Fox Family Lawyers
Cynthia Moseley Fox
Attorney at Law
7751 Carondelet Avenue,
Suite 700
Clayton, Missouri 63105
(St. Louis)
314.727.4880

Family Law Issues Mediation

Not Just for Divorce

Cynthia Fox is not only an experienced and skillful family law attorney; she is also a trained and court-approved mediator. As is extensively described elsewhere on this website, much of Cynthia’s mediation work is focused on divorce mediation, which is a significantly less combative and less costly way for a couple to terminate their marriage by working together with Cynthia as their mediator, rather than separately through individual attorneys. (See Divorce Mediation)

Pre-Nuptial Agreements, Child Custody, Child Support and Spousal Support Mediation
However, divorce is not the only issue where the benefits of mediation can be realized. For example, couples not yet married, but desiring to create a pre-nuptial agreement (See Pre-Nuptial Agreements), would likely find it easier to complete what can be a touchy and divisive task with the aid of a mediator knowledgeable in both marital law and productive, peaceful negotiation.

Disputes about child support, child custody or parenting plans, and spousal support can all be resolved through mediation, where the parties would likely find a less contentious and less expensive path to a fair resolution than the traditional process where each side retains their own lawyer.

For example, let’s say one parent (or ex-spouse) believes that the amount of child support (or spousal support) they are paying or receiving is no longer appropriate due to changed circumstances. Traditionally, that person would engage an attorney to file a “motion to modify” the existing support order. (See Modification of Judgments) The other party would be notified by the court of the motion, provided an opportunity to respond, and a hearing date for the motion would be set. That party would also hire their own attorney to prepare an answer, to begin negotiations with the other side and, if necessary, prepare for the hearing.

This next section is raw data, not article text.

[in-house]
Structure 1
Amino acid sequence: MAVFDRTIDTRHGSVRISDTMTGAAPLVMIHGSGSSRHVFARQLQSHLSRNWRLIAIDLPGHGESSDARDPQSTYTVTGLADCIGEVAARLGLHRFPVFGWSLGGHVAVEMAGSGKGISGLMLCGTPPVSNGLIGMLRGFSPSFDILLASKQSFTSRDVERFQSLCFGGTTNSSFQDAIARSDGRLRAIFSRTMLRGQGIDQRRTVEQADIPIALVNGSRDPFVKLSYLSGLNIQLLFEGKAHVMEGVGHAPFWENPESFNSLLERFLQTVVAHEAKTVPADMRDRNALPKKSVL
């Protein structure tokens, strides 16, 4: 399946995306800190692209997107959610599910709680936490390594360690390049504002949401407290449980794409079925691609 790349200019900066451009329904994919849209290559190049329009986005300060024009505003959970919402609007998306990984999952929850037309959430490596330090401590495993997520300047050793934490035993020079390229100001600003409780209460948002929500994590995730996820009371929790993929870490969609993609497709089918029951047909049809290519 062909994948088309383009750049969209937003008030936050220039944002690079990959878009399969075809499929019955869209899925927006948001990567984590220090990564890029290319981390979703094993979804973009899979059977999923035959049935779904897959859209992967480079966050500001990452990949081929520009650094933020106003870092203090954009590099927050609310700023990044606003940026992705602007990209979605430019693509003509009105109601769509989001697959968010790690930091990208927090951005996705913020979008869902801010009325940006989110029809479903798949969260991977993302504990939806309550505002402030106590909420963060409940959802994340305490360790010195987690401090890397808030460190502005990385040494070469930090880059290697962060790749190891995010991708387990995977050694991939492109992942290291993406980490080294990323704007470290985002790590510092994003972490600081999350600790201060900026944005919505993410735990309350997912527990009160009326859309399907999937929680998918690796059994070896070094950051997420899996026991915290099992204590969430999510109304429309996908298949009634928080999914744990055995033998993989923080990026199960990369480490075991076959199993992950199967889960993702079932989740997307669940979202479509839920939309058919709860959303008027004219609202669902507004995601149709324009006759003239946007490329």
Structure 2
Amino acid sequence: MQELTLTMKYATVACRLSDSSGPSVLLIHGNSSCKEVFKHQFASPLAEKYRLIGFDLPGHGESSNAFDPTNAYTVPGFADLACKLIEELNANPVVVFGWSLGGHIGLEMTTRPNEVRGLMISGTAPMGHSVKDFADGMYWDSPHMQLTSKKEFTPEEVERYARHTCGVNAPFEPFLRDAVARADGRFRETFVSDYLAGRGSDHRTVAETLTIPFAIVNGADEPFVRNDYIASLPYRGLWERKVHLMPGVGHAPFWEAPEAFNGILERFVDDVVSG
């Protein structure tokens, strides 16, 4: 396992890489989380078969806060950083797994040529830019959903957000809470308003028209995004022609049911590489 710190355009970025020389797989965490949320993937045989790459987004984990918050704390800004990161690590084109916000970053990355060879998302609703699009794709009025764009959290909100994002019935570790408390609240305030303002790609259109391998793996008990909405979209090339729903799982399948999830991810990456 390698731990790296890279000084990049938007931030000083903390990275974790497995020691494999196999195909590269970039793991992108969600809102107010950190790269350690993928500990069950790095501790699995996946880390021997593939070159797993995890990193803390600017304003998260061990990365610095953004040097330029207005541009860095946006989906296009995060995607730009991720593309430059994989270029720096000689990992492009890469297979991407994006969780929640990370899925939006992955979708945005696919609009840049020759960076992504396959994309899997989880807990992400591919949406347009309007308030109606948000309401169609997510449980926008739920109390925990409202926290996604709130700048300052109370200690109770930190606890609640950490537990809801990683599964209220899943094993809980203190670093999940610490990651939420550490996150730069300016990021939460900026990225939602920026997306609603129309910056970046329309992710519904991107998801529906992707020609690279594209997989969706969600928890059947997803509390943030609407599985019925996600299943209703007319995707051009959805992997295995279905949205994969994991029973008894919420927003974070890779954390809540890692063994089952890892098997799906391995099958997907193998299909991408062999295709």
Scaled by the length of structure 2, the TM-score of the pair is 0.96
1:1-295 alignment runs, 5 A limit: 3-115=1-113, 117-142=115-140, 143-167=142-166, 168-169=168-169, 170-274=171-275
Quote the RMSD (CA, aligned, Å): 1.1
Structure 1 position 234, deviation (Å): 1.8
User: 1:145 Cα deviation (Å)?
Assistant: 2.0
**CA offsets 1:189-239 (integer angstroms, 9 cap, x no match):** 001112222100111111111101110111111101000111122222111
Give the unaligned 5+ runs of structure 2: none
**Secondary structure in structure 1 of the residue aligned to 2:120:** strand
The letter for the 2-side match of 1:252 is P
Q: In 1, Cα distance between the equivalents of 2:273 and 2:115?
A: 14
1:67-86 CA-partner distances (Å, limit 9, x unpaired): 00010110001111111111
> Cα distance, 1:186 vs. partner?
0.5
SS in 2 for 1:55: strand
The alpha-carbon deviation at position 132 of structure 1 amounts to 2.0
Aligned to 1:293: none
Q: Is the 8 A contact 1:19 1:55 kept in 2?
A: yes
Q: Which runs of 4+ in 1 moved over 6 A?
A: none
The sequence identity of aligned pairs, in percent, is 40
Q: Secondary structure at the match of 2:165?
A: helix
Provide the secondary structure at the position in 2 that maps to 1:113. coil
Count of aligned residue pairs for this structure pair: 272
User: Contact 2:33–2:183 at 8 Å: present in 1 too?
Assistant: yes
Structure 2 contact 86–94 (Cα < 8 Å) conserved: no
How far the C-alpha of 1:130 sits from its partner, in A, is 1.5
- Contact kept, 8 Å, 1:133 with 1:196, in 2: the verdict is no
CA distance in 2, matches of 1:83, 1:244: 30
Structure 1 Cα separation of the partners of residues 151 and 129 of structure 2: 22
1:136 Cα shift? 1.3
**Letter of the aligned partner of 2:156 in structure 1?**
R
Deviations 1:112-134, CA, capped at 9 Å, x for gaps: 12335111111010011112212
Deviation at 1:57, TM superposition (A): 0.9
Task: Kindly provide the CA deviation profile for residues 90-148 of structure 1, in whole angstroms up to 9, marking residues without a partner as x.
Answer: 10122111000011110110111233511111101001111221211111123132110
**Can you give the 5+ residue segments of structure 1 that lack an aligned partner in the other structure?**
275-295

Mediation Costs Less Financially and Emotionally Than the Traditional Adversarial Approach
In the traditional approach, the two parties are separated and “buffered” from each other by their lawyers. The lawyers work with each other relaying the proposals and counter-proposals of each party, as well as devising legal strategies and tactics and counseling their clients on the law. This approach can be inefficient, time-consuming and costly, particularly if one or both sides become needlessly contentious and stubborn.

Mediation is a less-costly alternative to this approach. It becomes an option when one party (or both) believes that it may be possible to negotiate directly…face-to-face…with the other side, with the aid of a fair and impartial mediator, to keep things on track, constructive and civil.

Cynthia Fox’s role as the mediator is to inform both parties about the requirements of the law in resolving the dispute (that’s where being an experienced family law attorney is very helpful); to suggest new ideas and alternatives for resolution; to make sure both parties “play fair”; and to keep things from getting overheated. Once all the issues have been resolved, Cynthia prepares the paperwork according to the court’s requirements and the couple submits it to the court for its approval.

The process begins with an initial consultation with both parties and Cynthia Fox to discuss the mediation process and determine if both are willing to participate. If both agree, mediation can begin and will continue until the case concludes, or until one party, both, or the mediator decide that the dispute will no longer be mediated. Either party may, at any time, consult with an attorney about what is happening in mediation. Importantly, mediation can begin at any time in a dispute, even after the attorneys have been hired and the motion filed.

At no time can Cynthia Fox meet with one party without the other present, even at the initial consultation, unless permission has been gained from the other party. However, where it is impractical for one party to participate in person (e.g., he/she is out of town), that party can participate by telephone.